It was all my dad. I was listening to Zeppelin in the womb. I played violin and piano when I was younger and begged for a guitar after my first Oasis concert when I was eleven.

02 Who were your major influences and inspirations?

Oasis always. Bob Dylan, The Rolling Stones, Jefferson Airplane, Brian Jonestown Massacre, Spacemen 3, Velvet Underground, so many. I’m also very visual. I’m inspired by photographers and painters. A lot of authors too.

03 What shapes your song craft and sound?

Bad life experiences I suppose… The past, the future… Also listening to songs that inspire me make me want to get off my ass and make something.

04 What types of themes and subjects do you deal with?

Love, life, death… the past, the future…

05 How has your music evolved since you first began playing?

I played solo for a long time and now I have a great band, which has filled out the sound and given me so much confidence and made me feel like people actually like my music enough to play it. Which is important to me. It was always a very solitary, lonely experience making and playing my music. So I guess now it’s more of a happier venture than it ever was before.

06 What has been your biggest challenge so far? Were you able to overcome this? If so, how?

I guess dealing with past heartbreak and past painful days, months, years… I don’t know if I’ve overcome it fully, I still have bad days, but I try to think positive and I can see that there is so much to look forward to.

07 Do you ever play covers? If you could pick any song, which would you like to cover most and why?

I used to cover “D’You Know What I Mean?” by Oasis, I love doing that one. Haven’t brought it to the band yet. That song just really speaks to me. I fucking love it.

08 How did you get connected with Alan McGee (ex Creation Records) and with the new record label project 359 Music?

I met him by chance in London on a film set and gave him my demos. I didn’t think I’d hear from him again, but we kept in touch and then earlier this year he started the label and asked me if I was in.  I was shaking and crying! I was like, “Wow, is this really Alan McGee on the phone? Is this real life?”

09 Alan has a reputation as someone who makes things happen in a very vital way, did this draw you in to the bigger plan?

Alan McGee is the best man to ever grace the music industry. I’ve known that from a really young age.

10 Will there be a Tour or live dates to help promote your album and single releases?

Absolutely! I can’t wait!

11 What can someone who has never seen you live before expect from your live shows?

A lot of psychedelic good times. Lots of body swaying.

12 Who would you most like to record with?

I want to make a record with Anton Newcombe someday. I want to sing with Noel and Liam Gallagher at least once before I die.

13 What should we be expecting from you in the near future?

Oh man, I don’t even know that.

14 Can you tell us a half-decent joke please?

This goes straight into the ‘jokes my Dad is gonna love’ category. Good one.

Web Links:

facebook.com/tessparksmusic
twitter.com/tessnormaparks
soundcloud.com/tessparks
359music.co.uk/tessparks

Blood Hot: Tess Parks (359 Music, cat #359CD6) – Released 18th November 2013

tessparks_bloodhot

Canadian Tess Parks unleashes her first solo effort ‘Blood Hot’ on the 18th November, and she moved to London for 4 years, in order to develop her music and photography career before moving back to her home town in Toronto. Tess Parks first came across Alan McGee on the set of SVENGALI, at the 12 Bar in London’s Denmark Street. It just so happened that she was employed at the 12 Bar and was friends with talent booker Andy Lowe who told her to come down, as Alan McGee was in attendance and might be interested in hearing her music. This chance meeting allowed her to hand Alan McGee a few demos, and as a result she landed a record deal. With refreshing honesty Tess Parks admitted in a recent interview that she did not have confidence in her music until Alan McGee told her that he liked what she was doing, to such an extent that he offered her a record deal, once he started his Record Label 359 Music.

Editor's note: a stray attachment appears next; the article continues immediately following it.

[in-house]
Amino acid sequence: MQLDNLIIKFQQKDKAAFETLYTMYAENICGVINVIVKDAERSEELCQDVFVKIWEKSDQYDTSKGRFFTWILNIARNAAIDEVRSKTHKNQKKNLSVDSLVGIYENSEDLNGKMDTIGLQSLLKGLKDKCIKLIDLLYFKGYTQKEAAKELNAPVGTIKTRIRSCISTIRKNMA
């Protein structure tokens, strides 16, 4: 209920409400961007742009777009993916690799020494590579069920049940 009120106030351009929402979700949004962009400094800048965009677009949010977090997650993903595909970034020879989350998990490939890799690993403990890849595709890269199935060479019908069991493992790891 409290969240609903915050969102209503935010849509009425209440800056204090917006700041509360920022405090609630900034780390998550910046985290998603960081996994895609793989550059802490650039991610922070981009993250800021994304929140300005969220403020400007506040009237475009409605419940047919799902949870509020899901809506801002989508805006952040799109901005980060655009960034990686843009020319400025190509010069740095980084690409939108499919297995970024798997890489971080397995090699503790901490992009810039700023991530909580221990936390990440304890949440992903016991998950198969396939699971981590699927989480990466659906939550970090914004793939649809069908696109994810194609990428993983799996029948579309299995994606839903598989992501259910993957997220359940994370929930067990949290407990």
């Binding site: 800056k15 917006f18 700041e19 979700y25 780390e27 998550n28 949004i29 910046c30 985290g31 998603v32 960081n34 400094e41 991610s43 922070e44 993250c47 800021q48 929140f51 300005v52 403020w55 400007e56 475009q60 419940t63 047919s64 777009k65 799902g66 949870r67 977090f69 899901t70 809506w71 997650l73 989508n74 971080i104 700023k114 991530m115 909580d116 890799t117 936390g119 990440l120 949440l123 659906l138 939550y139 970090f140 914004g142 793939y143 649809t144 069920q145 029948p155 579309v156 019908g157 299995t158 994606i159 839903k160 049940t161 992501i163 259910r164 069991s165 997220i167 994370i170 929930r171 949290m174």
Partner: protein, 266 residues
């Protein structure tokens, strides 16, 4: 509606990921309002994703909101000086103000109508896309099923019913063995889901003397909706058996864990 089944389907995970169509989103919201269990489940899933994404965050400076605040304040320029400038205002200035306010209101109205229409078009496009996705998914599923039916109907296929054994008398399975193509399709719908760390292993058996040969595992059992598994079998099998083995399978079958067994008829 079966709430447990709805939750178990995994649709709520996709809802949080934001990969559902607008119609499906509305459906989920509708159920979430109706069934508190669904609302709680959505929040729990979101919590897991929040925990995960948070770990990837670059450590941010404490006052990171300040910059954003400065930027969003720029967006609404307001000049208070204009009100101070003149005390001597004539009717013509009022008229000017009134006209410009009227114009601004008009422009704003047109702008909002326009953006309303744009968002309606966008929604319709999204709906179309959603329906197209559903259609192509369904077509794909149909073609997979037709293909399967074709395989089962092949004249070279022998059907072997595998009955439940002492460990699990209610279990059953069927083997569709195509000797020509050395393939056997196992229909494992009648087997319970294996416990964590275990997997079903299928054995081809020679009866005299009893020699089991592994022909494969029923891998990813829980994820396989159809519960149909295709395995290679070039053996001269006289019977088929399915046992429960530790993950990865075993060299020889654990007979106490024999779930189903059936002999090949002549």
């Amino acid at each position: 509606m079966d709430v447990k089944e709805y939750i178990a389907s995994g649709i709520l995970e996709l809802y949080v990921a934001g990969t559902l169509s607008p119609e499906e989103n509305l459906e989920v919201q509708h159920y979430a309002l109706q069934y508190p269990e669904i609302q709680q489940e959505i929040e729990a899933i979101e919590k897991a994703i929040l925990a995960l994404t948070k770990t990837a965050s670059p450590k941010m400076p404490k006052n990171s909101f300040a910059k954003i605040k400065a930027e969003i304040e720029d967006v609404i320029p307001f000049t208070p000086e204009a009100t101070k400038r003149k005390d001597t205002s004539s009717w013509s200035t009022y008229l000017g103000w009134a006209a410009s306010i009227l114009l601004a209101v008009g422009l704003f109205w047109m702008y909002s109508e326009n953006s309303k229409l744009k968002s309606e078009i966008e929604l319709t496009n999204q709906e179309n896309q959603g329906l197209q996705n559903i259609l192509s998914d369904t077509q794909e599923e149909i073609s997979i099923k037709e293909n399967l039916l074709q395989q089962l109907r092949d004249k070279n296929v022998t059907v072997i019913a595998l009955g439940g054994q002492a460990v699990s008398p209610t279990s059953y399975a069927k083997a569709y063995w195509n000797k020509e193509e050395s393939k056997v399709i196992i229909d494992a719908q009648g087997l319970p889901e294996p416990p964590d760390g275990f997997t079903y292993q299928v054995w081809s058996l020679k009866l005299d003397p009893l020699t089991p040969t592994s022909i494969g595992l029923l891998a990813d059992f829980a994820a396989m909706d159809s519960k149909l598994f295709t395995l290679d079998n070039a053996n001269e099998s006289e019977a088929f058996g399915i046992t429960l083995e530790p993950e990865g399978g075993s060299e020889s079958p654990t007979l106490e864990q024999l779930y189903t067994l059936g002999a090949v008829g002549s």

Tess Parks was already familiar with Creation Records and Alan McGee as she is a big fan of bands like the Jesus and Mary Chain, My Bloody Valentine and Oasis. It was Oasis that first inspired her to take up music, however, her solo effort certainly owes nothing to the Gallaghers whose own brand of hedonistic rock n roll and optimistic songs about living forever in the ‘Sunsssshhhiinnnne’ contrast sharply with her more sombre and dare I say it ‘Shoegazing’ sound. The lyrics are quite dark and introspective, and in ‘Stick Around’ Tess Parks sings in a whispery drawl of her desire to ‘try to keep myself to myself before I get let down’. It is not surprising that Tess Parks is also a fan of the deceased and sadly missed Elliott Smith whose introverted influence can be felt in the presence of this album. The droning Psych feel to this album is owed to the ‘The Good People’ a band she put together in late 2012 in her native Toronto. These musicians plough their furrow well and the sound on this album will certainly remind some of the Brian Jonestown Massacre in their darkly late 90s pomp, however, the songs on ‘Blood Hot’ reveal a certain vulnerability and the feeling of isolation, but as Tess Parks has said herself these songs also contain ‘nice messages’, which she hopes will resonate with people. BUY HERE!

Long John

Charming Chap and a new sharp force for Eyeplug, being a toppermost writer with a keen appreciation for things of quality and distinction. A well known face on the London ‘Mod’ Scene but with an open mind and heart. Got a strange interest in Pirates? One to watch out for!

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November 7, 2013 By : Category : Front page Interviews Music Rock Tags:, , , ,